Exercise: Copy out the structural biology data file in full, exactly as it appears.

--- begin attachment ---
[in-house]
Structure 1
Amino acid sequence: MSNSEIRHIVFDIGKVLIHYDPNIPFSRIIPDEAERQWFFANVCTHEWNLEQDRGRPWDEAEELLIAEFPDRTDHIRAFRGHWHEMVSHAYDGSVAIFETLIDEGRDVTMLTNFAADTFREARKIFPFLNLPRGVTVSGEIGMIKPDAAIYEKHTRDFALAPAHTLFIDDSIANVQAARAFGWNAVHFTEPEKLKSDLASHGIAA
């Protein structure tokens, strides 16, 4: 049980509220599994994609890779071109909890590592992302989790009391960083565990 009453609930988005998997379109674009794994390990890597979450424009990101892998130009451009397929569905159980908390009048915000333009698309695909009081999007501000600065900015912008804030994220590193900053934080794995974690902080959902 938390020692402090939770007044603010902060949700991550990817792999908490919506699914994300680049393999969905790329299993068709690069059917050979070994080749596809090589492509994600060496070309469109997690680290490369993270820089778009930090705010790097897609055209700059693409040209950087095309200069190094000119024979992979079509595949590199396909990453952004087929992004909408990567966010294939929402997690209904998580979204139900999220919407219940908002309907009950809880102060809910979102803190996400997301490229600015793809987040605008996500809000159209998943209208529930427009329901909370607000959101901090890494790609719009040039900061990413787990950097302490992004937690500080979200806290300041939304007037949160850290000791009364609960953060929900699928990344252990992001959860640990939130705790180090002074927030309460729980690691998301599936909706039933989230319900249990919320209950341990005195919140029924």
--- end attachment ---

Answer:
[in-house]
Structure 1
Amino acid sequence: MSNSEIRHIVFDIGKVLIHYDPNIPFSRIIPDEAERQWFFANVCTHEWNLEQDRGRPWDEAEELLIAEFPDRTDHIRAFRGHWHEMVSHAYDGSVAIFETLIDEGRDVTMLTNFAADTFREARKIFPFLNLPRGVTVSGEIGMIKPDAAIYEKHTRDFALAPAHTLFIDDSIANVQAARAFGWNAVHFTEPEKLKSDLASHGIAA
């Protein structure tokens, strides 16, 4: 049980509220599994994609890779071109909890590592992302989790009391960083565990 009453609930988005998997379109674009794994390990890597979450424009990101892998130009451009397929569905159980908390009048915000333009698309695909009081999007501000600065900015912008804030994220590193900053934080794995974690902080959902 938390020692402090939770007044603010902060949700991550990817792999908490919506699914994300680049393999969905790329299993068709690069059917050979070994080749596809090589492509994600060496070309469109997690680290490369993270820089778009930090705010790097897609055209700059693409040209950087095309200069190094000119024979992979079509595949590199396909990453952004087929992004909408990567966010294939929402997690209904998580979204139900999220919407219940908002309907009950809880102060809910979102803190996400997301490229600015793809987040605008996500809000159209998943209208529930427009329901909370607000959101901090890494790609719009040039900061990413787990950097302490992004937690500080979200806290300041939304007037949160850290000791009364609960953060929900699928990344252990992001959860640990939130705790180090002074927030309460729980690691998301599936909706039933989230319900249990919320209950341990005195919140029924």